You take your dog for a walk and notice that he just can’t seem to pass a bowel movement.
While you might think it’s an isolated incident, sometimes constipation can stick around for longer.
What defines canine constipation
If your dog hasn’t managed to have a bowel movement in two or more days, then he’s probably constipated, but there are other signs, such as if he crouches or strains, or yelps when he can’t seem to defecate.
If you’ve never dealt with dog constipation before, there are ways to treat it. Before you can, however, you will have to first determine what the reason is for why they’re constipated.
- 1 What Causes Constipation In Dogs?
- 2 Why You Should Treat Your Dog’s Constipation ASAP
- 3 When Should You Take Your Dog To The Vet?
- 4 Home Remedies To Help Your Constipated Dog
- 5 What To Avoid For Treating Dog Constipation
- 6 Related Questions
- 7 Conclusion
What Causes Constipation In Dogs?
There are many different reasons why dogs might experience constipation. These include:
- Lack of exercise
- Too much or not enough fiber in the diet
There could be other illnesses that your dog is experiencing which could cause constipation. These include:
- Tumors on the anus or inside the rectum
- Blocked anal sacs
- Enlarged prostate gland
- Neurological disorders
There are also other illness-related reasons for dog constipation, such as if your dog’s on medication to treat an illness and constipation is a side effect of it. In addition, some illnesses can cause dehydration, and a lack of water can cause your dog not to have a bowel movement.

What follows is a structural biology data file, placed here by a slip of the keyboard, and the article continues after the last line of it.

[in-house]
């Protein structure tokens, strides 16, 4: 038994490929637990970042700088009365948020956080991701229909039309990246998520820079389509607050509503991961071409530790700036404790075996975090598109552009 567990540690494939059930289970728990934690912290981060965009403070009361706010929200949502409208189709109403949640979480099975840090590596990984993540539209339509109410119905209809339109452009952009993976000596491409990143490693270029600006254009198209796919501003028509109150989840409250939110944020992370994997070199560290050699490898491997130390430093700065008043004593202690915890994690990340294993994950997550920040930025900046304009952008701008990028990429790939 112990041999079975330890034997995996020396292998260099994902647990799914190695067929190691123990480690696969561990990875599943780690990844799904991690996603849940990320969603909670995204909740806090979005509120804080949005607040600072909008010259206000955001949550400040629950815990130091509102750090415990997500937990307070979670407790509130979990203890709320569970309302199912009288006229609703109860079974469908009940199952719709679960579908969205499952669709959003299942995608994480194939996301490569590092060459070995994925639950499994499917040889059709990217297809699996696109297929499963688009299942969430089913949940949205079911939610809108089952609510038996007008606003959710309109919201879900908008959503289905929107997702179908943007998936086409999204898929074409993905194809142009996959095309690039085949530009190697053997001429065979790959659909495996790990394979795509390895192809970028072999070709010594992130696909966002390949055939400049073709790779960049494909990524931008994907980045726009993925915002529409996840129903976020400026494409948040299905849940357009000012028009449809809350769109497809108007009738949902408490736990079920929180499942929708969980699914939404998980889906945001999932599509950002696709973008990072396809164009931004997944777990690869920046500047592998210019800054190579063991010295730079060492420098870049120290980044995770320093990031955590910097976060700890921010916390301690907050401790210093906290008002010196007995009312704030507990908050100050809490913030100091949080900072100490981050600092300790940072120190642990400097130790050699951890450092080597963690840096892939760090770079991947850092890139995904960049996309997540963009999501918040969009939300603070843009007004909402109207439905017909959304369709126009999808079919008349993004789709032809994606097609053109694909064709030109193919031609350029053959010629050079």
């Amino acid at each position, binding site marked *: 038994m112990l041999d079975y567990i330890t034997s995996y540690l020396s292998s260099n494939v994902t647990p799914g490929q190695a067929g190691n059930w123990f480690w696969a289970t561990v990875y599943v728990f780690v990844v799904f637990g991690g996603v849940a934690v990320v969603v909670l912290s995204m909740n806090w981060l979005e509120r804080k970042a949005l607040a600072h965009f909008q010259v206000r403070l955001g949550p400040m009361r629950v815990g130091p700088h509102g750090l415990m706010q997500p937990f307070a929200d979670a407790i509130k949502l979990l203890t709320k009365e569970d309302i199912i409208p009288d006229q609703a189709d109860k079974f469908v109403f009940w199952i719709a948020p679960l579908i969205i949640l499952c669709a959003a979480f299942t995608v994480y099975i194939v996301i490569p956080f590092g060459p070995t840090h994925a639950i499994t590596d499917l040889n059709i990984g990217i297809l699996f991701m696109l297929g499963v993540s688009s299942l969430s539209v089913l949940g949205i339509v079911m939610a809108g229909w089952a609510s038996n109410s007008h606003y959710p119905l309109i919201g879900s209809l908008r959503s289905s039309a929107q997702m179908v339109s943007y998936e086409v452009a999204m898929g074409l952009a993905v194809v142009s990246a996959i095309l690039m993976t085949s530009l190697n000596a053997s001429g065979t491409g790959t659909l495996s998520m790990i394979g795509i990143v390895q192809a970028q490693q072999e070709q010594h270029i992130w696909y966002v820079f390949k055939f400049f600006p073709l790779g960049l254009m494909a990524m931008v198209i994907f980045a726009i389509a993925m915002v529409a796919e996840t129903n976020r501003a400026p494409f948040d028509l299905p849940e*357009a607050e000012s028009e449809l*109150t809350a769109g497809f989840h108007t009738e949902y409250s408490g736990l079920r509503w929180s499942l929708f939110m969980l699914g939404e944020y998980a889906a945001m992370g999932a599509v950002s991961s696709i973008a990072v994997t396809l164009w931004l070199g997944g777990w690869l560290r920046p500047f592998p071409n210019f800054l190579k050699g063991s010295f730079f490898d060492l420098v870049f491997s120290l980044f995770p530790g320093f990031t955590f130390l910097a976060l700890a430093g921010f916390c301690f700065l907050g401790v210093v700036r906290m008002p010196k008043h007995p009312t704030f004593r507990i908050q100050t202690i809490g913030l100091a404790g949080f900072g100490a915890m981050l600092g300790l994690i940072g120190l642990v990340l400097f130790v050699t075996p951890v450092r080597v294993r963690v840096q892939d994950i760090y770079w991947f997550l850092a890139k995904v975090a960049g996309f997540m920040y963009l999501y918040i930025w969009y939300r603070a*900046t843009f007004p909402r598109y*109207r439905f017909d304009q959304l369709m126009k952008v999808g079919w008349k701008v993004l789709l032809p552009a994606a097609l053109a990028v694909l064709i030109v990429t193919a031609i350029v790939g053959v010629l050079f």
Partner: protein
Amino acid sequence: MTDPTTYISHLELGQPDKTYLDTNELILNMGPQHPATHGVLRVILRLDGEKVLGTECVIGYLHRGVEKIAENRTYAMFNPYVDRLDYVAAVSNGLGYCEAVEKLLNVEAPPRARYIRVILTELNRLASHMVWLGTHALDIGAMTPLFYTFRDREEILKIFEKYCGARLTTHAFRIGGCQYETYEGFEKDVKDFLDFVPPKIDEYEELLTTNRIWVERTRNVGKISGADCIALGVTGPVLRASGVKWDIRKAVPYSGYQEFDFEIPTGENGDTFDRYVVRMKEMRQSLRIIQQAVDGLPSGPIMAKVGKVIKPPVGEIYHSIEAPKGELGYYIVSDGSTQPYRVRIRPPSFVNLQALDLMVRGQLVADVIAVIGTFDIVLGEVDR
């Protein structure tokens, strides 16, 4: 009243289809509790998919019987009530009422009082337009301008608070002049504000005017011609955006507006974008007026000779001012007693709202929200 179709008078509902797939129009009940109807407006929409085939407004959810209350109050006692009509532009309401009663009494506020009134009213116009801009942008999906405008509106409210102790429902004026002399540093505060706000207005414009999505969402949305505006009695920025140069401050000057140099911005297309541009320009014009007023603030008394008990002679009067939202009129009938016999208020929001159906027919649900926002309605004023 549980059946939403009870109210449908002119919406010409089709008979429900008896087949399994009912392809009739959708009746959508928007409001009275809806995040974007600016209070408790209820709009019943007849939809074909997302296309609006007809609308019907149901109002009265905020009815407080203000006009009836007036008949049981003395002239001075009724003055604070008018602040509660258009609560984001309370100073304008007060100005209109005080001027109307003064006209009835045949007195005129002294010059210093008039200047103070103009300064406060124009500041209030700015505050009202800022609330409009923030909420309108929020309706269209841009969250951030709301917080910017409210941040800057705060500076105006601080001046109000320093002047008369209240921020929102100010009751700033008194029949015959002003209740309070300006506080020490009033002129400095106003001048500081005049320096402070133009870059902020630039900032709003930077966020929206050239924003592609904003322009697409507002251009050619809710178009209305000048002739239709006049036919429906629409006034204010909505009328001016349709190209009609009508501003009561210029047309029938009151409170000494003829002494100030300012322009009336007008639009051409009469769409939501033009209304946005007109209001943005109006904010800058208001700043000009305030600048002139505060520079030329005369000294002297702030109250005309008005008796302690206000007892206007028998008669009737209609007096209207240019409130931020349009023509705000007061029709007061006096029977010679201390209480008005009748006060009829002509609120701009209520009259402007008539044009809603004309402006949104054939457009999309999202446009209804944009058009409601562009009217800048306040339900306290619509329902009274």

If your dog is older, then he or she will be more prone to constipation.
This might seem like a strange reason for why your dog is constipated, but it can be the culprit if your dog’s very fluffy or has thick fur.
If you look at your dog’s rear and see that there’s matted fur in this area, this can mean that the hair is covering your dog’s anus and is making bowel movements difficult or even impossible for your dog to do.
Consumption Of Non-Edible Items
If your dog has ingested something that it shouldn’t have, such as a toy or stone, this can cause an obstruction that can prevent bowel movements.
Why You Should Treat Your Dog’s Constipation ASAP
It’s important to get your dog seen to by the vet if he or she is battling with constipation. This is important so that more serious health issues can be ruled out, but it also ensures that you prevent complications arising from constipation.
If your dog can’t have a bowel movement, this can result in an inability to have a bowel movement on their own in future. This condition can cause the colon to fill up with materials, and that can have horrible side effects, such as lethargy, loss of appetite, discomfort, and vomiting.